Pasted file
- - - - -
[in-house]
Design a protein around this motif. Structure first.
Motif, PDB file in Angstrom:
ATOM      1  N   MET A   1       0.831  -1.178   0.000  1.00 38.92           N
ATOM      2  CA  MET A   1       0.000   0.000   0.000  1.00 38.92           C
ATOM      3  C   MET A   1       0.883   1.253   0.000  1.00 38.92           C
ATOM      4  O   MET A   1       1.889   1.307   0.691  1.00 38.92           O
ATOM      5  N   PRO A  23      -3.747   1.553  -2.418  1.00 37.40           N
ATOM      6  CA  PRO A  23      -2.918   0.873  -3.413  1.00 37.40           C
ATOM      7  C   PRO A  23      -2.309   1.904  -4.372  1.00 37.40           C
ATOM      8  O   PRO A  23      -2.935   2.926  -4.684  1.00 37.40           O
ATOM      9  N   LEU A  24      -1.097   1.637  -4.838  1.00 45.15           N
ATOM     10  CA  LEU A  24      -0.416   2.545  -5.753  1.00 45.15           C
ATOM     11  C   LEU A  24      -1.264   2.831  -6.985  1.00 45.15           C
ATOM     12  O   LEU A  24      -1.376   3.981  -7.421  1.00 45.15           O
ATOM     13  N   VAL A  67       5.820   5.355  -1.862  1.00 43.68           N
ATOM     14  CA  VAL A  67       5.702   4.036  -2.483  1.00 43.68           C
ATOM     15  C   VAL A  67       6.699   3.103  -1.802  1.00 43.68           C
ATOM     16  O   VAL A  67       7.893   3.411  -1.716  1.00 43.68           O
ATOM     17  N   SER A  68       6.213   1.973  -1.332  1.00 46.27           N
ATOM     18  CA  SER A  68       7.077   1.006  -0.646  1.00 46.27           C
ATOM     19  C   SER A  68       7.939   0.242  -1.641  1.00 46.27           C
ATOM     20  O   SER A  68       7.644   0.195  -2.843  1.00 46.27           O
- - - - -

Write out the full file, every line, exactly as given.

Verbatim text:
[in-house]
Design a protein around this motif. Structure first.
Motif, PDB file in Angstrom:
ATOM      1  N   MET A   1       0.831  -1.178   0.000  1.00 38.92           N
ATOM      2  CA  MET A   1       0.000   0.000   0.000  1.00 38.92           C
ATOM      3  C   MET A   1       0.883   1.253   0.000  1.00 38.92           C
ATOM      4  O   MET A   1       1.889   1.307   0.691  1.00 38.92           O
ATOM      5  N   PRO A  23      -3.747   1.553  -2.418  1.00 37.40           N
ATOM      6  CA  PRO A  23      -2.918   0.873  -3.413  1.00 37.40           C
ATOM      7  C   PRO A  23      -2.309   1.904  -4.372  1.00 37.40           C
ATOM      8  O   PRO A  23      -2.935   2.926  -4.684  1.00 37.40           O
ATOM      9  N   LEU A  24      -1.097   1.637  -4.838  1.00 45.15           N
ATOM     10  CA  LEU A  24      -0.416   2.545  -5.753  1.00 45.15           C
ATOM     11  C   LEU A  24      -1.264   2.831  -6.985  1.00 45.15           C
ATOM     12  O   LEU A  24      -1.376   3.981  -7.421  1.00 45.15           O
ATOM     13  N   VAL A  67       5.820   5.355  -1.862  1.00 43.68           N
ATOM     14  CA  VAL A  67       5.702   4.036  -2.483  1.00 43.68           C
ATOM     15  C   VAL A  67       6.699   3.103  -1.802  1.00 43.68           C
ATOM     16  O   VAL A  67       7.893   3.411  -1.716  1.00 43.68           O
ATOM     17  N   SER A  68       6.213   1.973  -1.332  1.00 46.27           N
ATOM     18  CA  SER A  68       7.077   1.006  -0.646  1.00 46.27           C
ATOM     19  C   SER A  68       7.939   0.242  -1.641  1.00 46.27           C
ATOM     20  O   SER A  68       7.644   0.195  -2.843  1.00 46.27           O